First, Mr. McDowell playing Freddy Benson. Mr. McDowell has actually appeared on the Camelot stage in three previous productions, but never in a leading or particularly substantial role (the cross gender Chantal in the recent La Cage Aux Folles, as Cord Elam in Oklahoma! and in the ensemble in Sweet Charity). The Freddy role in Dirty Rotten Scoundrels requires a well-rounded performer with a full set of skills – there are hilarious, prat fall physical comic scenes; straight dramatic pieces; solo vocals; duets with each co-star, male and female; dance numbers: solo, paired, and ensemble; and transformation from an unpolished rube to a faux gentleman aristocrat, with all the costume and make-up variations apt to the moment; fierce rivalry with the older conman, while needing to cultivate and maintain the audience’s empathy and sympathy for the less experienced younger underdog. Mr. McDowell succeeds in all of that, and knocks it out of the ballpark. He does it all with a high level of energy and enthusiasm, a deft touch – hitting the edge on all the near over-the-top comic scenes without going over, never over-acting but not underacting either – just right, and all very credible and believable. And to top it off, he sings marvelously, in tune, well enunciated, and melodious. His solo passages were well sung and his duets, especially with Mr. Connolly, were crowd pleasers. For those who have seen the film version and may have liked Steve Martin’s Freddy Benson performance, boy, are you in for a surprise. Eoghan McDowell’s Freddy Benson runs circles around Steve Martin’s. Wow!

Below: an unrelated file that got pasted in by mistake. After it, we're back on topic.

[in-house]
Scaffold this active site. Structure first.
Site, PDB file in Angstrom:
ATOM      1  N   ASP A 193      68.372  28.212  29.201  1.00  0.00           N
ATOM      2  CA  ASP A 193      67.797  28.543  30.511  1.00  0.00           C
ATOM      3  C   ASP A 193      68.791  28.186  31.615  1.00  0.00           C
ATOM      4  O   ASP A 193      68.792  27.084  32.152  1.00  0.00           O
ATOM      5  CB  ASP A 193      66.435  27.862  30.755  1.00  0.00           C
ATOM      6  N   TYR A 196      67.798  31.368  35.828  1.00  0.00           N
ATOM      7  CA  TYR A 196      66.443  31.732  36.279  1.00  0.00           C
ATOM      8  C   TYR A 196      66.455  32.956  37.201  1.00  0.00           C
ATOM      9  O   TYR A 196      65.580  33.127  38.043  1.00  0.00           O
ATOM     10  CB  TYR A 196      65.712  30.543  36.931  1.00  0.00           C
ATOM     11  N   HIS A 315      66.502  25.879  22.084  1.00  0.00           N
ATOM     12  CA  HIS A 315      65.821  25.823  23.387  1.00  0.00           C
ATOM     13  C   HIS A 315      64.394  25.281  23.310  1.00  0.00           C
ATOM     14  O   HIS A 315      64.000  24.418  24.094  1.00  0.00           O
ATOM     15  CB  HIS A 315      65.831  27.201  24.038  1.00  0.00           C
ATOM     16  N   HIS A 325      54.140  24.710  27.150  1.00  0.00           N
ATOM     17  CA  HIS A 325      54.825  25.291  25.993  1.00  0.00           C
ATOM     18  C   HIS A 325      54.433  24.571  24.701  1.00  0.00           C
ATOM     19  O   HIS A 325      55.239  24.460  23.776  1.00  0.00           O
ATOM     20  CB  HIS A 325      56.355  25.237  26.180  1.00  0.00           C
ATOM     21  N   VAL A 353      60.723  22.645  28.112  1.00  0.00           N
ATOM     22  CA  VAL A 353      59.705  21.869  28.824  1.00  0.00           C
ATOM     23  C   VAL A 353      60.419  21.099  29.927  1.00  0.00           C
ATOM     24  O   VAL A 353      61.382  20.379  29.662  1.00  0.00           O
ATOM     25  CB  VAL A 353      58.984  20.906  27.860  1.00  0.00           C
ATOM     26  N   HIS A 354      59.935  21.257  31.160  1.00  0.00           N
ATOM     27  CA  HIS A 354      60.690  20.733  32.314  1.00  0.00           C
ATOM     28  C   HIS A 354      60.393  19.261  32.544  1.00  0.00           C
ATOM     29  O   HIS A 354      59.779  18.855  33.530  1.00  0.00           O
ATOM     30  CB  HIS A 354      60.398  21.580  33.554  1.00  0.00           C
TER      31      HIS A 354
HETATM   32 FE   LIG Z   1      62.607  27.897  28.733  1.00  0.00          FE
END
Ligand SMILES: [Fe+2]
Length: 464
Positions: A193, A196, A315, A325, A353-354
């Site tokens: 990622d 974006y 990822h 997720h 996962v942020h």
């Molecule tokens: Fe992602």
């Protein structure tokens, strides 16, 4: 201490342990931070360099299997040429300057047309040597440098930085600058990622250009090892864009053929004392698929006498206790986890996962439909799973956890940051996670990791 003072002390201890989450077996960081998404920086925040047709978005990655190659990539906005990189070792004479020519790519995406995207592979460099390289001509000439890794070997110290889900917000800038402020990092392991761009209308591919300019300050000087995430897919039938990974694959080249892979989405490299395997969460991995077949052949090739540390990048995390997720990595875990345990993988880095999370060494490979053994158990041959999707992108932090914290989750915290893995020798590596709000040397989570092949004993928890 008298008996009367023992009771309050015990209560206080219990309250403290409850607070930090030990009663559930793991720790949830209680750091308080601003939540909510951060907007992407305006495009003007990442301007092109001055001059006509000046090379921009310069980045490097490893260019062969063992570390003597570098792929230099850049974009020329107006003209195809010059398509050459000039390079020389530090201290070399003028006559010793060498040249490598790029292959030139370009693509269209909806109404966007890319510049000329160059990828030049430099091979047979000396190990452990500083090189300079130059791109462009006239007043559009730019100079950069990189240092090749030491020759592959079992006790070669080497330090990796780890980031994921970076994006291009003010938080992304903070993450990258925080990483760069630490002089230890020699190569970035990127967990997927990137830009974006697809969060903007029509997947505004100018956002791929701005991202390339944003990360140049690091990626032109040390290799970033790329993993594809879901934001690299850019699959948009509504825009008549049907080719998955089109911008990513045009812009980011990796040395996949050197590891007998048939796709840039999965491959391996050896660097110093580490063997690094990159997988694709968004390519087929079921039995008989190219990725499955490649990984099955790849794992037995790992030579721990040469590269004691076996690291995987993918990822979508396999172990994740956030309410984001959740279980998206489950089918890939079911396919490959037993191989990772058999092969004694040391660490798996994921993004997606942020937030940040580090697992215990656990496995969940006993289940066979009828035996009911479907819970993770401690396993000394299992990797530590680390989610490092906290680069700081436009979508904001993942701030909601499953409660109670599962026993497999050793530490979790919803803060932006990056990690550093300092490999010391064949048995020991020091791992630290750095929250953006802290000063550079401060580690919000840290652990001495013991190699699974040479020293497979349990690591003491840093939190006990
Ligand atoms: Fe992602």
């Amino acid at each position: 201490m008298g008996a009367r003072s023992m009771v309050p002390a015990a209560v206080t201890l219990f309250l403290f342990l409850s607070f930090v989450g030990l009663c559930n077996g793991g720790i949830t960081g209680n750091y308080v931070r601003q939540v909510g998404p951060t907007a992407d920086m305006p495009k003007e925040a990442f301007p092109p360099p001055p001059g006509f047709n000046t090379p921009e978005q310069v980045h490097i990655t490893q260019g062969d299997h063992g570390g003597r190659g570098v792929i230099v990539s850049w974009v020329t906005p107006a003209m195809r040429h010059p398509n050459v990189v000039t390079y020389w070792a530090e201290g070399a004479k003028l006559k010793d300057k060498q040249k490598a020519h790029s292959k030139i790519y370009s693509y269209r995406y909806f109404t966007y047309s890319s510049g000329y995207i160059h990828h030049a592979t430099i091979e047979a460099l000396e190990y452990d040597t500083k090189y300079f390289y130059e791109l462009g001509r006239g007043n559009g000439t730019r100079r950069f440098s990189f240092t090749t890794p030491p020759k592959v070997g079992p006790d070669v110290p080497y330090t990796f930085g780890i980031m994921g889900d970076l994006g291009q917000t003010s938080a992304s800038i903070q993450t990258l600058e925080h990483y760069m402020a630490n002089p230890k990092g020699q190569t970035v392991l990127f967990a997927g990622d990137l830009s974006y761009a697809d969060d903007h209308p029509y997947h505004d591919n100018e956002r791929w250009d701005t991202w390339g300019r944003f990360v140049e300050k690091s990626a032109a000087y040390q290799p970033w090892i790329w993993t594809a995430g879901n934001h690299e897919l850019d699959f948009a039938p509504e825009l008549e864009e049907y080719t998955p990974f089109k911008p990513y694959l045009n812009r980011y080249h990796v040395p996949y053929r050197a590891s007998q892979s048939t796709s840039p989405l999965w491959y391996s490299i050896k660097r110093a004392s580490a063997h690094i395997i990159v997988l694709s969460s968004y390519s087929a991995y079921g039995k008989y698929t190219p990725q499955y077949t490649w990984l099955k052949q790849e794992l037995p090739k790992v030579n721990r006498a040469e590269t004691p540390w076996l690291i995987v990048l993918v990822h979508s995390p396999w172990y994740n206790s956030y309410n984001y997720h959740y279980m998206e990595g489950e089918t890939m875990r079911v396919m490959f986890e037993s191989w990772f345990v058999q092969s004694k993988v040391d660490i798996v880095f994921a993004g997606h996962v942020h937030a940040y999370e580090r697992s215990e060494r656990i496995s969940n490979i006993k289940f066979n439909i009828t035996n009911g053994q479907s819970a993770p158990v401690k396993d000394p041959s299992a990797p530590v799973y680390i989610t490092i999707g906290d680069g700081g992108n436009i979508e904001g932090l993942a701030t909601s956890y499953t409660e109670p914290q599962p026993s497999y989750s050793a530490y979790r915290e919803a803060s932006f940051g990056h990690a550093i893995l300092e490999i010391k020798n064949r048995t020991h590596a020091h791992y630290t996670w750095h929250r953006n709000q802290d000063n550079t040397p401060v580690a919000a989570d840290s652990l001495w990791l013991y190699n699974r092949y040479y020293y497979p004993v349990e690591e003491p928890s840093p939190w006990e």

But even THAT wasn’t the best performance in this production of Dirty Rotten Scoundrels. Somehow, the brilliant Ms. Harrison plucked SOU vocal music major, Sabrina Hebert, who had never before appeared on the Camelot stage, from virtually out of nowhere and put her in the leading actress role in this production (Christine Colgate – Sherie Renee Scott on Broadway; Glenne Headley with a different name for the character in the film). Ms. Hebert has it ALL and commands the stage from the moment she first enters. With a million watt smile, as big as a half-moon, and a seemingly inexhaustible reservoir of charisma, Ms. Hebert grabs the audience’s attention and never lets go. And what a voice! Gorgeous! If one went to the show and closed their eyes for the full duration, just listening to Ms. Hebert sing, you would still have to rate the show a triumph – a musical happening. All of the plaudits bestowed upon Mr. McDowell above – they apply DOUBLE to Ms. Hebert. She bestows the character with a never-ending supply of energy and enthusiasm; she is utterly and completely believable in the role. Her acting is pitch perfect, never underacts, never overacts, appears to have an uncanny intuitive sense of how much is just right. She’s a natural performer, and she is going to be a star (well, she already IS one!). But you want to go see her NOW, in THIS show. The thing is, both Ms. Hebert AND Mr. McDowell are so early in what promises to be their wonderful careers, that they still have a fresh innocence and enthusiasm about what they’re doing that is precious to see, and in part responsible for the energy and exuberance of their performances. Six productions later in leading roles, when they too have become stage veterans, that freshness will be missing. Chatting with Ms. Hebert after the show, she just bubbled over with excitement, that her parents surprised her by attending the opening and turning up in the audience unannounced. She can’t be expected to bubble over with that innocence very much longer. Go see her now while you can still see THAT.